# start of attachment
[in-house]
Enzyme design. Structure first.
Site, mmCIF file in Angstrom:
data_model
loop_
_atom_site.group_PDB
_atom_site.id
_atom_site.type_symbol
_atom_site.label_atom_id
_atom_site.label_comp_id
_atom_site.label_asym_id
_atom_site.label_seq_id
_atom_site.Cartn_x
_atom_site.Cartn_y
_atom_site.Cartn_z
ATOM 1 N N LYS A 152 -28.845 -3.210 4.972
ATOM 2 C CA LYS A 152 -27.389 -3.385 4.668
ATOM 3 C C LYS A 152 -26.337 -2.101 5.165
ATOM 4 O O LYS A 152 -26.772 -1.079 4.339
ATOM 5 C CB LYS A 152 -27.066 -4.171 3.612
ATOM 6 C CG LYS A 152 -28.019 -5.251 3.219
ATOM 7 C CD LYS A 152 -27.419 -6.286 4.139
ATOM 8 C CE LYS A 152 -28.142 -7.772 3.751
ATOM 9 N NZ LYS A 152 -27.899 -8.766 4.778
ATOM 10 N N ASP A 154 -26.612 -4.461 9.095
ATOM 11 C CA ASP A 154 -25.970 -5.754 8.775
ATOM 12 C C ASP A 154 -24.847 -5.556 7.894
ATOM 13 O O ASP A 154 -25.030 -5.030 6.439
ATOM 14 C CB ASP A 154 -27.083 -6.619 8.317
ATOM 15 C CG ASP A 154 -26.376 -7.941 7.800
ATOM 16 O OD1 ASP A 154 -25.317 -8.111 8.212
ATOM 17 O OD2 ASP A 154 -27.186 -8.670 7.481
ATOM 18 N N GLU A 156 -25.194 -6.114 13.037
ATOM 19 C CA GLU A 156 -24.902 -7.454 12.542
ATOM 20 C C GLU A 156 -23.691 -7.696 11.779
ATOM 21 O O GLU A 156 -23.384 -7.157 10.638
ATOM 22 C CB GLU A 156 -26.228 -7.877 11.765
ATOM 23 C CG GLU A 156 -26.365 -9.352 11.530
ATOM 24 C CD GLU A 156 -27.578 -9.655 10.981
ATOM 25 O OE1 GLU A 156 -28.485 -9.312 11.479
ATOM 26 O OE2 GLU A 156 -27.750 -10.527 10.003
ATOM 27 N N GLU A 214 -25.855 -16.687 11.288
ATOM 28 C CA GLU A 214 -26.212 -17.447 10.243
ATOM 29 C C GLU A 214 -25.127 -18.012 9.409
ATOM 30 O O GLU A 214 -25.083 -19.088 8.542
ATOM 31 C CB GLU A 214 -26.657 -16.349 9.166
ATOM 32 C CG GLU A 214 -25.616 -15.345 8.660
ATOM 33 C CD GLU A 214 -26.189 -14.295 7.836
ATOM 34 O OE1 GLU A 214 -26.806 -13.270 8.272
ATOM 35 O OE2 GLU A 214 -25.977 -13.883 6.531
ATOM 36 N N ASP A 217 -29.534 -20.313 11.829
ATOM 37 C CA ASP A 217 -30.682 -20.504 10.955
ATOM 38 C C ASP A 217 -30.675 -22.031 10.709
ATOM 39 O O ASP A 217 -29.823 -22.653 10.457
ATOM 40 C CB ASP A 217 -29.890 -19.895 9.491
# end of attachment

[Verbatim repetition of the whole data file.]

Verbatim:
[in-house]
Enzyme design. Structure first.
Site, mmCIF file in Angstrom:
data_model
loop_
_atom_site.group_PDB
_atom_site.id
_atom_site.type_symbol
_atom_site.label_atom_id
_atom_site.label_comp_id
_atom_site.label_asym_id
_atom_site.label_seq_id
_atom_site.Cartn_x
_atom_site.Cartn_y
_atom_site.Cartn_z
ATOM 1 N N LYS A 152 -28.845 -3.210 4.972
ATOM 2 C CA LYS A 152 -27.389 -3.385 4.668
ATOM 3 C C LYS A 152 -26.337 -2.101 5.165
ATOM 4 O O LYS A 152 -26.772 -1.079 4.339
ATOM 5 C CB LYS A 152 -27.066 -4.171 3.612
ATOM 6 C CG LYS A 152 -28.019 -5.251 3.219
ATOM 7 C CD LYS A 152 -27.419 -6.286 4.139
ATOM 8 C CE LYS A 152 -28.142 -7.772 3.751
ATOM 9 N NZ LYS A 152 -27.899 -8.766 4.778
ATOM 10 N N ASP A 154 -26.612 -4.461 9.095
ATOM 11 C CA ASP A 154 -25.970 -5.754 8.775
ATOM 12 C C ASP A 154 -24.847 -5.556 7.894
ATOM 13 O O ASP A 154 -25.030 -5.030 6.439
ATOM 14 C CB ASP A 154 -27.083 -6.619 8.317
ATOM 15 C CG ASP A 154 -26.376 -7.941 7.800
ATOM 16 O OD1 ASP A 154 -25.317 -8.111 8.212
ATOM 17 O OD2 ASP A 154 -27.186 -8.670 7.481
ATOM 18 N N GLU A 156 -25.194 -6.114 13.037
ATOM 19 C CA GLU A 156 -24.902 -7.454 12.542
ATOM 20 C C GLU A 156 -23.691 -7.696 11.779
ATOM 21 O O GLU A 156 -23.384 -7.157 10.638
ATOM 22 C CB GLU A 156 -26.228 -7.877 11.765
ATOM 23 C CG GLU A 156 -26.365 -9.352 11.530
ATOM 24 C CD GLU A 156 -27.578 -9.655 10.981
ATOM 25 O OE1 GLU A 156 -28.485 -9.312 11.479
ATOM 26 O OE2 GLU A 156 -27.750 -10.527 10.003
ATOM 27 N N GLU A 214 -25.855 -16.687 11.288
ATOM 28 C CA GLU A 214 -26.212 -17.447 10.243
ATOM 29 C C GLU A 214 -25.127 -18.012 9.409
ATOM 30 O O GLU A 214 -25.083 -19.088 8.542
ATOM 31 C CB GLU A 214 -26.657 -16.349 9.166
ATOM 32 C CG GLU A 214 -25.616 -15.345 8.660
ATOM 33 C CD GLU A 214 -26.189 -14.295 7.836
ATOM 34 O OE1 GLU A 214 -26.806 -13.270 8.272
ATOM 35 O OE2 GLU A 214 -25.977 -13.883 6.531
ATOM 36 N N ASP A 217 -29.534 -20.313 11.829
ATOM 37 C CA ASP A 217 -30.682 -20.504 10.955
ATOM 38 C C ASP A 217 -30.675 -22.031 10.709
ATOM 39 O O ASP A 217 -29.823 -22.653 10.457
ATOM 40 C CB ASP A 217 -29.890 -19.895 9.491